However, the current finding comes on the heels of a report published in the Journal of Clinical Oncology last October that showed a dramatic two-decade rise in the incidence of oral cancers attributed to HPV infection.
To better understand that connection, Gillison's team sifted through data on nearly 5,600 men and women collected between 2009 and 2011 by the National Health and Nutrition Examination Survey (NHANES).
All NHANES participants had been examined in person, during which all were tested for HPV.
The researchers found an overall oral HPV infection rate of 6.9 percent, with HPV-16 being the most common type.
Oral HPV incidence varied with age, however, with peak rates occurring among those between the ages of 30 and 34 (at 7.3 percent) as well as among men and women between 60 and 64 (11.4 percent).
Overall, oral HPV infection hit the 10 percent mark among men. Among women it was just shy of 4 percent.
While those with a history of smoking, heavy drinking, and/or marijuana use appeared to face a higher risk for infection, sexual behavior also plays a key role in upping a person's risk.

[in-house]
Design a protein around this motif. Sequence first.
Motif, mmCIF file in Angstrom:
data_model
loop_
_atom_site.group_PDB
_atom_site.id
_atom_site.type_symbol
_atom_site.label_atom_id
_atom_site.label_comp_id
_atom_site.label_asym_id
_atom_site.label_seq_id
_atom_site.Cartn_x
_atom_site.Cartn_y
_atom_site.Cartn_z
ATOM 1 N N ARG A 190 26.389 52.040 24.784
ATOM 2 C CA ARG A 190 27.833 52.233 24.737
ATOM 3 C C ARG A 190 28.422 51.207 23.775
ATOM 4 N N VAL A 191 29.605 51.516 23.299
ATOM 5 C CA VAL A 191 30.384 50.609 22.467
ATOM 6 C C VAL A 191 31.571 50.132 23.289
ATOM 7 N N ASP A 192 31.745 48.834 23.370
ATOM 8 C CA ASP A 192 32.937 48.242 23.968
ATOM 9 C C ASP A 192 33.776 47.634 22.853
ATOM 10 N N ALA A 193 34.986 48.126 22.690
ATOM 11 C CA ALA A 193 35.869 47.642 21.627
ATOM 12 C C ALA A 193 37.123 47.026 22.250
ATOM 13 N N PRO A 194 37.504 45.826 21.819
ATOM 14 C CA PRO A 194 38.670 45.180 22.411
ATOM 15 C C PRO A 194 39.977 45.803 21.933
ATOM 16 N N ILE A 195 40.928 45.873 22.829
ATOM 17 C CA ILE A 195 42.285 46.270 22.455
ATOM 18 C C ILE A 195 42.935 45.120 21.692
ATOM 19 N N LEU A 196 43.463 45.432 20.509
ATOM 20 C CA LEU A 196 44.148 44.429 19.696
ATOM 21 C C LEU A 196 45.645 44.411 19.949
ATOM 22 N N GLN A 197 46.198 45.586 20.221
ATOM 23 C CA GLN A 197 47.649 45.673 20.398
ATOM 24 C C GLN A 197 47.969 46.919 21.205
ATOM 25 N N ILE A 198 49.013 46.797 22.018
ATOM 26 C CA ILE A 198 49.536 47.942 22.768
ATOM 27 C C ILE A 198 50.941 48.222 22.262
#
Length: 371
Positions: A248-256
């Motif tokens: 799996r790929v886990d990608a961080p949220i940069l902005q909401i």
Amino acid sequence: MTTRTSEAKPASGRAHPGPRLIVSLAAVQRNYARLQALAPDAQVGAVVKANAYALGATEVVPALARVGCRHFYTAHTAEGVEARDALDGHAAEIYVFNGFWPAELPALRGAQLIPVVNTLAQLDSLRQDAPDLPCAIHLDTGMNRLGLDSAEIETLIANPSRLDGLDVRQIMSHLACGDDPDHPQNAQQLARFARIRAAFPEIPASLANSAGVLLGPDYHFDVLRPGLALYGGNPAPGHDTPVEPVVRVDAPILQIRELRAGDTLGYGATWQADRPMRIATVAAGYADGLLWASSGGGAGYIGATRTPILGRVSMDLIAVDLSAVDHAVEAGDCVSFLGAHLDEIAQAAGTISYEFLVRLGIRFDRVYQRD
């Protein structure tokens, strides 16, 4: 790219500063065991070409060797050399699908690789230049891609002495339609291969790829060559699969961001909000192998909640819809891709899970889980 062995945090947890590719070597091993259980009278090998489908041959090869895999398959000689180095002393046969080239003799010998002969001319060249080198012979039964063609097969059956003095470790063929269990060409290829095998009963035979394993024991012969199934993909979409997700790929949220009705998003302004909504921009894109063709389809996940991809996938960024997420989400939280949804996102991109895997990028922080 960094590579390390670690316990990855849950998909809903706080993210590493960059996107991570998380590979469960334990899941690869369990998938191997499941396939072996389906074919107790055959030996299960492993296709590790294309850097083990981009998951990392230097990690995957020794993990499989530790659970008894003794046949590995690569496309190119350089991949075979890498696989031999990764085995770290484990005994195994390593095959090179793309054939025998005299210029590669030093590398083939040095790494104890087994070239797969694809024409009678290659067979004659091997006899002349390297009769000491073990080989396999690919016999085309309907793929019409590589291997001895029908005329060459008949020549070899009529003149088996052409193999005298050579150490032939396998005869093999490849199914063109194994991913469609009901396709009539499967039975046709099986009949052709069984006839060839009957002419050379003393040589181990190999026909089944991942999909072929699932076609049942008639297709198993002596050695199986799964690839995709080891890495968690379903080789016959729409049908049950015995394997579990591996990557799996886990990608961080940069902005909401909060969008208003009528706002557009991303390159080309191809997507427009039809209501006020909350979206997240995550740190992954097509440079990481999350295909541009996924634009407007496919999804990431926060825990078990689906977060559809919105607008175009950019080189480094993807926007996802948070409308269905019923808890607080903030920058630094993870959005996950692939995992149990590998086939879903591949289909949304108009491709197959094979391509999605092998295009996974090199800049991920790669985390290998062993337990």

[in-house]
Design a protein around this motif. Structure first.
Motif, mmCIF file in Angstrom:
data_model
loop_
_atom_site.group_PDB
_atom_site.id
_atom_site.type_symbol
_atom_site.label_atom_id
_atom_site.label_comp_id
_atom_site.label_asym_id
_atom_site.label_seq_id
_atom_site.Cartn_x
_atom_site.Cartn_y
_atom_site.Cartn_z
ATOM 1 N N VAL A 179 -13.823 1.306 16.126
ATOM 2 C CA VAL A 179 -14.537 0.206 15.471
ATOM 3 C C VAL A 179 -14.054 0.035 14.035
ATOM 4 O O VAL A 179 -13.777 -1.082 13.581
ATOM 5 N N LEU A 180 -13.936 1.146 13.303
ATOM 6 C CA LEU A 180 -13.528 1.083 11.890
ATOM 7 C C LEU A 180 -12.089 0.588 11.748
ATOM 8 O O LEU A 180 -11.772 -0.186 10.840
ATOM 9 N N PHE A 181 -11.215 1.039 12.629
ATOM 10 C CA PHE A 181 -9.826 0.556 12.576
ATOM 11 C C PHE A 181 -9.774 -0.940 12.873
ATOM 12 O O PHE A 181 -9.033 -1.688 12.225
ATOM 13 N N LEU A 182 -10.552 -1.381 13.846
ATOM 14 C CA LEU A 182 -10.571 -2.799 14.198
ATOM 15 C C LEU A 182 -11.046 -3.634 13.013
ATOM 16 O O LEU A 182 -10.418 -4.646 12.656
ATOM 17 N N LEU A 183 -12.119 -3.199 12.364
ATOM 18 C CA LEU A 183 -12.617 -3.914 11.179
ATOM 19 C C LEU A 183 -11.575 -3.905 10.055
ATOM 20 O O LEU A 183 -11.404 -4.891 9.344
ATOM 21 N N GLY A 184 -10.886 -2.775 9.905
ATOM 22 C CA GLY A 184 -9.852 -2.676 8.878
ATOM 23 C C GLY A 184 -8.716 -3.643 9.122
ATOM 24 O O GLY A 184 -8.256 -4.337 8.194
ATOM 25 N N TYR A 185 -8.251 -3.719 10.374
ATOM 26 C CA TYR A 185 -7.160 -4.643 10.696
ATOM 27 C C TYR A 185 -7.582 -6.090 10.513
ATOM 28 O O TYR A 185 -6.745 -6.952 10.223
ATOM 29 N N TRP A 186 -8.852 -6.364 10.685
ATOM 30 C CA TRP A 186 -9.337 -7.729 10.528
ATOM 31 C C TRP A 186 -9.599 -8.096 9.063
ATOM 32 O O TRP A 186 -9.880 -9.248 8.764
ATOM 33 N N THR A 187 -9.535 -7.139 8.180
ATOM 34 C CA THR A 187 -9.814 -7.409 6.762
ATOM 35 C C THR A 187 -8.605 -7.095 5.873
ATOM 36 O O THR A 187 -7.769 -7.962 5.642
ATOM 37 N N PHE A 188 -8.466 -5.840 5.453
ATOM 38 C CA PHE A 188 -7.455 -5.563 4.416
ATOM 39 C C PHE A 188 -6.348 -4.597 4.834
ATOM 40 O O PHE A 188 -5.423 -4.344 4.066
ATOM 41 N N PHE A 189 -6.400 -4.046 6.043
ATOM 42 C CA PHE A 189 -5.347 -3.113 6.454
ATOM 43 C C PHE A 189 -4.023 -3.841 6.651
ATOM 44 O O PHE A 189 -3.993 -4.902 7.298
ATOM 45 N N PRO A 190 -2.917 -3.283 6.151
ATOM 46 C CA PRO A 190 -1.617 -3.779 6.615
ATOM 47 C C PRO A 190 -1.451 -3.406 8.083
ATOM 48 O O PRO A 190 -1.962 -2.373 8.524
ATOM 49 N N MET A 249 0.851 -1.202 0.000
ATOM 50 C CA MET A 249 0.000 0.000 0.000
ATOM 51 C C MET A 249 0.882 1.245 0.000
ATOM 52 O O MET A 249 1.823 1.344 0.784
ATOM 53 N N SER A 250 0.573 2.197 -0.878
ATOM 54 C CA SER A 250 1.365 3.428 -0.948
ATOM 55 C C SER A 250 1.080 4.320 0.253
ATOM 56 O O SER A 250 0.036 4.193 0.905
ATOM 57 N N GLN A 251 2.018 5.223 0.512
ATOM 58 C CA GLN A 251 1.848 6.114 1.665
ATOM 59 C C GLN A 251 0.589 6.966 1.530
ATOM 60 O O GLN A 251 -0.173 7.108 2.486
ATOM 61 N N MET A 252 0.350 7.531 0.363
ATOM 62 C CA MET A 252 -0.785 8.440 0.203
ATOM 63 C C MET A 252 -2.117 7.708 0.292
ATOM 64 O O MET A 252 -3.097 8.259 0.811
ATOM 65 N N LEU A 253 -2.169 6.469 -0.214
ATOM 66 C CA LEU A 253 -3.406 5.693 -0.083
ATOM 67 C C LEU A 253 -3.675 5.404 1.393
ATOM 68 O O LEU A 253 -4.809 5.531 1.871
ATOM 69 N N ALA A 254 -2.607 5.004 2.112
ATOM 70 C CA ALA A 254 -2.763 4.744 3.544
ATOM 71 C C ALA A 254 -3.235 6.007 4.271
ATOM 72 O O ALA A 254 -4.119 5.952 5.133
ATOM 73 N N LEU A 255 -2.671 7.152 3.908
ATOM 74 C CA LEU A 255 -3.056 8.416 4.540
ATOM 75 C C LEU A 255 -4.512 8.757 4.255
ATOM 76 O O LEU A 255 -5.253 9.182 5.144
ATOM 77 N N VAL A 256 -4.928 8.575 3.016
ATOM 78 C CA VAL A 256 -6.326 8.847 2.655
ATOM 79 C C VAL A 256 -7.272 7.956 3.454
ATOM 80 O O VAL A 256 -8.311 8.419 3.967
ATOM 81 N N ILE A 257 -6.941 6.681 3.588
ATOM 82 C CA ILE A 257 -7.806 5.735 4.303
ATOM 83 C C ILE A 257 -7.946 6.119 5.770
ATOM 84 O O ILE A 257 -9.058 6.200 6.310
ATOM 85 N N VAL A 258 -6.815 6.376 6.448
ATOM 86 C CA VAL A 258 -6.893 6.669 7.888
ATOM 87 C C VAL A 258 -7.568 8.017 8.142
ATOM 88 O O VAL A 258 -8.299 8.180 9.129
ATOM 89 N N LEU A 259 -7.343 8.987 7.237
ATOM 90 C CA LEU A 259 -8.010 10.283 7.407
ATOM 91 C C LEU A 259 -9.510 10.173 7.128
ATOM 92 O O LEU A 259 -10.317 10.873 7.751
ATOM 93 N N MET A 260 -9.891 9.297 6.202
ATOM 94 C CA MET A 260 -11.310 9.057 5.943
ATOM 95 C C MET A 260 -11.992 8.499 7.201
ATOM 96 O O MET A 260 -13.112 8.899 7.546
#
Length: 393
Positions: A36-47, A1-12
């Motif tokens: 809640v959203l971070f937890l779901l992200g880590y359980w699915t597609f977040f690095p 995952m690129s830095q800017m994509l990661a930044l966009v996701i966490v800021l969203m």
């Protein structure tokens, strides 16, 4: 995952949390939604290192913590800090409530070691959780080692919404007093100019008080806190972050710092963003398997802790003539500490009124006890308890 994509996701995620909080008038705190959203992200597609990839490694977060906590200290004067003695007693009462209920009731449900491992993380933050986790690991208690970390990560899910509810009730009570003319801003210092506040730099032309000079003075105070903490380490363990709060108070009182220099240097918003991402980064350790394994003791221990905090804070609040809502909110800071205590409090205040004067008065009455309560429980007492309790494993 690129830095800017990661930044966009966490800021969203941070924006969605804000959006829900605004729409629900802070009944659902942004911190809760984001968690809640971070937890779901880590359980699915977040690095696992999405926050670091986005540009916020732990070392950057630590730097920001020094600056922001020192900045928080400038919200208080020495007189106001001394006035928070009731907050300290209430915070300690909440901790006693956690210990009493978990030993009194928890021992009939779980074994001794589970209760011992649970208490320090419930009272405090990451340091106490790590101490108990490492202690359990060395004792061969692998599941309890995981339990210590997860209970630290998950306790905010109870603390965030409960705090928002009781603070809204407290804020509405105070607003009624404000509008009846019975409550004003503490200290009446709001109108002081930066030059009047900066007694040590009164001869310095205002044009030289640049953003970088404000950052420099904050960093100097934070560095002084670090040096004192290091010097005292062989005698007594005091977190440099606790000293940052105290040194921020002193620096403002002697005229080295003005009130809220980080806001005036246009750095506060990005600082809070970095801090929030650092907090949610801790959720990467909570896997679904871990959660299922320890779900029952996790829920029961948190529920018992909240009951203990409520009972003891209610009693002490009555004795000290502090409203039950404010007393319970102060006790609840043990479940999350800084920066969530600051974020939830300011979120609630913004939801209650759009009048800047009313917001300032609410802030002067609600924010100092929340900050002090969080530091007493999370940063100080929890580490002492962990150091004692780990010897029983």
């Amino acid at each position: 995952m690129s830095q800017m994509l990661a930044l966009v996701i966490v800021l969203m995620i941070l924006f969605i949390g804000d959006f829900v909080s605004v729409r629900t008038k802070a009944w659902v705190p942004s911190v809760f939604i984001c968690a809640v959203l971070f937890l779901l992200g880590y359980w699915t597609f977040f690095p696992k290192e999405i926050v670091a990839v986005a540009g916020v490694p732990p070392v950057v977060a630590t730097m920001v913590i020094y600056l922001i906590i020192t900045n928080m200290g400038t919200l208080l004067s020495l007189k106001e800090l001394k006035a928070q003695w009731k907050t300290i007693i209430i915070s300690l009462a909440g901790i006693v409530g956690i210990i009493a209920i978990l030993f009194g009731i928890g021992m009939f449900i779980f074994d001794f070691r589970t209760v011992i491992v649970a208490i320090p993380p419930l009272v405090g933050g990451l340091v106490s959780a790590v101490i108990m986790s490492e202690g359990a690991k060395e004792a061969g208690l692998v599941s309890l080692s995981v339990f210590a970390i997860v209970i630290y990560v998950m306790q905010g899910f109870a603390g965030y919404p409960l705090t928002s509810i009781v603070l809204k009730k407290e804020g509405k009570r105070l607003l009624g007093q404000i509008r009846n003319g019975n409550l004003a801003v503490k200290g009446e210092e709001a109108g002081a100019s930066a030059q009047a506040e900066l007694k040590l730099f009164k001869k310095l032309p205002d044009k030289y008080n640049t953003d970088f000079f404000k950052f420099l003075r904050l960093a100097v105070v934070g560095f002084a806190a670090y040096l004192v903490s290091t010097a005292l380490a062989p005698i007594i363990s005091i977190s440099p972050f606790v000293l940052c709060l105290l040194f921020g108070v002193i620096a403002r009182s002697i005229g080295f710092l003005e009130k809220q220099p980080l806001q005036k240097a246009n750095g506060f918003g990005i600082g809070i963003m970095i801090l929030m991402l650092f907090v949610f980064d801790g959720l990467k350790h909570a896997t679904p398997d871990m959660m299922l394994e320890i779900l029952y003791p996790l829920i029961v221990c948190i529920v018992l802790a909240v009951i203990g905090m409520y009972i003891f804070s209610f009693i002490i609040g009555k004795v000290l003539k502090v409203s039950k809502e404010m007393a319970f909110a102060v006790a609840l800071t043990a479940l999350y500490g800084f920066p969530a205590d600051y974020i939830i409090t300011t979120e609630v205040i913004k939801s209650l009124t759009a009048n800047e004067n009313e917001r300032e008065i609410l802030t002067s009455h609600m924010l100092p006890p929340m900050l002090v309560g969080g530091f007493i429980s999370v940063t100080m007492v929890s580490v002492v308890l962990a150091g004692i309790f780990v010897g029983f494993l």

For example, while those who had never had sex faced less than a 1 percent risk for oral HPV infection, prevalence hit 7.5 percent among those who were sexually active. And the greater the number of sexual partners, the higher the risk.
"[But] our findings are reassuring in one important sense," noted Gillison. "Although we found that infection is common, the cancer itself is rare, which tells us that the majority of people who have oral HPV infection do not get cancer."
Dr. Janice Dutcher, an oncologist at the Continuum Cancer Centers of St. Luke's Roosevelt Hospital Center in New York City, said the results ring true.
"I think that this is real," she said. "
All rights reserved